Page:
Currently approved therapies for Fabry disease include the oral pharmacological chaperone migalastat and infused enzyme replacement therapy (ERT) with agalsidase alfa and agalsidase beta. Clinical trial data have demonstrated the benefit of migalastat therapy in patients with Fabry disease and amenable GLA variants. In the randomised, 18-month ERT-controlled treatment period of the Phase III ATTRACT study (NCT01218659), patients who received migalastat had significant reductions in cardiac (left ventricular) mass and comparable changes in renal function compared with patients who received ERT; furthermore, the percentage of patients who experienced renal, cardiac and cerebrovascular events was numerically lower with migalastat compared with ERT.9 Similar results were seen in the Phase III, randomised, placebo-controlled, double-blind FACETS trial (NCT00925301) in ERT-naïve patients. Specifically, in the subset of male patients with the classic phenotype and amenable GLA variants, there was a reduction in cardiac (left ventricular) mass and stabilisation of renal function up to 24 months with migalastat.10 Integrated clinical trial data indicated that migalastat-treated patients (including men with the classic phenotype) maintained generally stable renal function for up to 8.6 years.11
FACEs are often life threatening and are associated with significant morbidity and mortality.6 7 The long-term effects of migalastat therapy on the occurrence of FACEs have not yet been fully investigated. In this posthoc analysis, we used integrated data from clinical trials to assess the incidence of FACEs in ERT-naïve and ERT-experienced patients with Fabry disease and amenable GLA variants who were treated with migalastat for up to 8.6 years. The incidence of FACEs was assessed as a measure of the multisystemic efficacy of migalastat.
FACETS, ATTRACT, AT1001-041 and AT1001-042 were designed and monitored in accordance with the ethical principles of Good Clinical Practice and the Declaration of Helsinki. Clinical study protocols and the informed consent form were reviewed and approved by the appropriate Independent Ethics Committee/Institutional Review Board at each study site. All participants provided written informed consent prior to study initiation.
Study design and patients
This posthoc analysis included integrated data from ERT-naïve and ERT-experienced adult patients (aged 16–74 years) who had received migalastat treatment in Phase III clinical trials of migalastat, including the randomised, double-blind, placebo-controlled FACETS (NCT00925301) study,12 the randomised, open-label, active-controlled ATTRACT study (NCT01218659)9 and the open-label extension (OLE) studies (AT1001-041 (NCT01458119) and AT1001-042 (NCT02194985)) in which migalastat efficacy and safety were assessed for up to 5 additional years beyond the original studies (online supplemental figure S1). Study design and patient eligibility criteria of FACETS and ATTRACT have been previously published.9 12 Briefly, eligible patients from FACETS had never received ERT or had not received ERT for at least 6 months,12 and eligible patients from ATTRACT must have initiated ERT >12 months prior to the study.9 All patients had genetically confirmed Fabry disease and had an amenable GLA variant based on the Good Laboratory Practice validated human embryonic kidney assay.9 13 Patients had estimated glomerular filtration rate (eGFR) >30 mL/min/1.73 m2 and had not undergone (or been scheduled to undergo) kidney transplantation or received dialysis. FACETS patients had urinary Gb3 levels at least four times the upper limit of the normal range.12 Patients were excluded if they had clinically significant unstable cardiac disease (eg, symptomatic arrhythmia or New York Heart Association class III/IV congestive heart failure requiring active management) or have had a transient ischaemic attack, stroke, unstable angina or myocardial infarction within 3 months of the baseline visit of ATTRACT or AT1001-042, or within 12 months of the baseline visit of AT1001-041. Patients with clinically significant abnormal laboratory findings and clinically significant ECG findings at baseline were also ineligible. Patients with elevated troponin were not excluded as troponin was not evaluated in this study.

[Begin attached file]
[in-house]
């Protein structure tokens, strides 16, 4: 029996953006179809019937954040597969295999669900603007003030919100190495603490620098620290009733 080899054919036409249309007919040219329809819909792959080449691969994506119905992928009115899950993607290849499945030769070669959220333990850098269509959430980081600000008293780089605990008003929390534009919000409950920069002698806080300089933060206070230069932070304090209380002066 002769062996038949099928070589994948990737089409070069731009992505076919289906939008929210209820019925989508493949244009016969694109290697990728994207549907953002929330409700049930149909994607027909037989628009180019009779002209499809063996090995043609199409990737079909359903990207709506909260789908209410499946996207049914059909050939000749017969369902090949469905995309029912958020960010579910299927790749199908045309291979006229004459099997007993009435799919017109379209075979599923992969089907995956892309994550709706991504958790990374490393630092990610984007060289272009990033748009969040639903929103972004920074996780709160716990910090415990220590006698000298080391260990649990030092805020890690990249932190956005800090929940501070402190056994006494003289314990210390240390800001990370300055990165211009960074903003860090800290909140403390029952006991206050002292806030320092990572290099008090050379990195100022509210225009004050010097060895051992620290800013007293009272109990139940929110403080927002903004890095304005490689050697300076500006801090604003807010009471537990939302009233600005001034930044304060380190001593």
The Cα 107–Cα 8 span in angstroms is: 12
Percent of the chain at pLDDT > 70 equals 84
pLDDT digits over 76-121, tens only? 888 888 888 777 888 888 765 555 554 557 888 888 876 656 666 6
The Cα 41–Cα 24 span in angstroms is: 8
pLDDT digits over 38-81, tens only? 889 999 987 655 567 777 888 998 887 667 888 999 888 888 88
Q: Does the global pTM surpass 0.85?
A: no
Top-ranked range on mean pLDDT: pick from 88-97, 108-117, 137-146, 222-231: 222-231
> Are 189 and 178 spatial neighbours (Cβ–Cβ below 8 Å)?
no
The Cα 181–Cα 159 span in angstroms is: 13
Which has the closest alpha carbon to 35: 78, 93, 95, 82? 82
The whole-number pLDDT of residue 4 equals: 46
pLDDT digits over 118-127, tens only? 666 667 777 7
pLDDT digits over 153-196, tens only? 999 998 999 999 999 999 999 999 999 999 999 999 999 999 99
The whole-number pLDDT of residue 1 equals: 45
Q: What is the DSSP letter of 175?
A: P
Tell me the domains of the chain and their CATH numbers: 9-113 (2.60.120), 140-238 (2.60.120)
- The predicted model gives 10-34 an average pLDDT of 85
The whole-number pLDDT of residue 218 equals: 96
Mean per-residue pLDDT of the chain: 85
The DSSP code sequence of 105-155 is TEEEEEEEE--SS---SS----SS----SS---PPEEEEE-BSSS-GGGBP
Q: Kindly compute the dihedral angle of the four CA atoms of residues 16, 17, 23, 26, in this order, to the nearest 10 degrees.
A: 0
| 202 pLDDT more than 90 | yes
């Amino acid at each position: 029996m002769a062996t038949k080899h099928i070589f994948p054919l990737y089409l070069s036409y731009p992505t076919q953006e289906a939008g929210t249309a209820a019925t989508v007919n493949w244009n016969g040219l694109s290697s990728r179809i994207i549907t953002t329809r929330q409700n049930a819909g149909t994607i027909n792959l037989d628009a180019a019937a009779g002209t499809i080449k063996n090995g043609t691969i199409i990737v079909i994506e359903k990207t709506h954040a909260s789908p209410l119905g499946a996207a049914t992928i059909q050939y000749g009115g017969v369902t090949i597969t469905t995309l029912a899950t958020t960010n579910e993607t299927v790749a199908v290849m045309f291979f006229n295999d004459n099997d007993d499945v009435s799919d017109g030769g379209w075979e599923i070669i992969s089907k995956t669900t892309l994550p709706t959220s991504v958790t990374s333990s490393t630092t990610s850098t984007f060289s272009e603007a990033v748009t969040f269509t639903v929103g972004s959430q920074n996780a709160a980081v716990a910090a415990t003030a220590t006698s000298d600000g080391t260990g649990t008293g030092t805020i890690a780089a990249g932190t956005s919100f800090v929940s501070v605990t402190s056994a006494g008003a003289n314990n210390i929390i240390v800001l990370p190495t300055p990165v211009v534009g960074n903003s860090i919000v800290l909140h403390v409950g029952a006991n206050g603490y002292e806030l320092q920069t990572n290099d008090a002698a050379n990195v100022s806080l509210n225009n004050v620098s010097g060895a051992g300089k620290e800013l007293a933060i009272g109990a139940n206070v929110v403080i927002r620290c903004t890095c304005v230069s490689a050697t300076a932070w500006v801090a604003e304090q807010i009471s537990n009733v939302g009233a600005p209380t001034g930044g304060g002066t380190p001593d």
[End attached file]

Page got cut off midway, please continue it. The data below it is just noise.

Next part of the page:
Assessment of FACEs
The following events were defined as FACEs and their occurrences were recorded: (1) renal events, which included doubling of serum creatinine levels from the start of baseline (where levels remained double or greater between two consecutive values) or end-stage renal disease requiring long-term dialysis or transplantation; (2) cardiac events, which included myocardial infarction; new symptomatic arrhythmia requiring medication, direct current cardioversion or an interventional procedure (eg, ablation, pacemaker or defibrillator implantation); unstable angina defined by national practice guidelines and accompanied by electrocardiographic changes; congestive heart failure requiring hospitalisation; any major cardiac medical procedure (eg, valve replacement, stent implantation, transplant or persistent atrial fibrillation) and (3) cerebrovascular events, including stroke or transient ischaemic attack as documented by a physician. Any death due to FACEs was recorded based on the FACE category. The baseline for all FACEs was defined as the start of migalastat treatment.